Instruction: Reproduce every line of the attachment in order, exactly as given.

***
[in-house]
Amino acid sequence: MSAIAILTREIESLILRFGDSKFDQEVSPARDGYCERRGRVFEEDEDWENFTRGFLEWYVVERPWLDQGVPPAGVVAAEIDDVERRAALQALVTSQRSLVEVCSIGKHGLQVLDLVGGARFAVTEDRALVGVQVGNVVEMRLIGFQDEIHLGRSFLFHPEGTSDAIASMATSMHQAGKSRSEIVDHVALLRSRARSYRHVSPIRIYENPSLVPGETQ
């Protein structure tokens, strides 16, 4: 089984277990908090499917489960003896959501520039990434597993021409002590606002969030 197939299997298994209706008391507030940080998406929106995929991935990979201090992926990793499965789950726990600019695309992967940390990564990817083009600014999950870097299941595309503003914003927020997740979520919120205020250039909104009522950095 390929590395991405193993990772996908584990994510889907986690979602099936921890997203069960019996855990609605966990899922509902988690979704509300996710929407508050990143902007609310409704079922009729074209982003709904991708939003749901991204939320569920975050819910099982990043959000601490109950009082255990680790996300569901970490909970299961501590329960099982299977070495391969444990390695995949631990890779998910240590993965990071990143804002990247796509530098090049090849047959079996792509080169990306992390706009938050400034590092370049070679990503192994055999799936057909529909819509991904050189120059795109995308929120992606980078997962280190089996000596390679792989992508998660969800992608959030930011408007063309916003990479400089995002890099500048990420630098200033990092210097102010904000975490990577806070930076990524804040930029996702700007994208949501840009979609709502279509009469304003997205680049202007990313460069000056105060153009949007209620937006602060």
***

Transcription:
[in-house]
Amino acid sequence: MSAIAILTREIESLILRFGDSKFDQEVSPARDGYCERRGRVFEEDEDWENFTRGFLEWYVVERPWLDQGVPPAGVVAAEIDDVERRAALQALVTSQRSLVEVCSIGKHGLQVLDLVGGARFAVTEDRALVGVQVGNVVEMRLIGFQDEIHLGRSFLFHPEGTSDAIASMATSMHQAGKSRSEIVDHVALLRSRARSYRHVSPIRIYENPSLVPGETQ
């Protein structure tokens, strides 16, 4: 089984277990908090499917489960003896959501520039990434597993021409002590606002969030 197939299997298994209706008391507030940080998406929106995929991935990979201090992926990793499965789950726990600019695309992967940390990564990817083009600014999950870097299941595309503003914003927020997740979520919120205020250039909104009522950095 390929590395991405193993990772996908584990994510889907986690979602099936921890997203069960019996855990609605966990899922509902988690979704509300996710929407508050990143902007609310409704079922009729074209982003709904991708939003749901991204939320569920975050819910099982990043959000601490109950009082255990680790996300569901970490909970299961501590329960099982299977070495391969444990390695995949631990890779998910240590993965990071990143804002990247796509530098090049090849047959079996792509080169990306992390706009938050400034590092370049070679990503192994055999799936057909529909819509991904050189120059795109995308929120992606980078997962280190089996000596390679792989992508998660969800992608959030930011408007063309916003990479400089995002890099500048990420630098200033990092210097102010904000975490990577806070930076990524804040930029996702700007994208949501840009979609709502279509009469304003997205680049202007990313460069000056105060153009949007209620937006602060």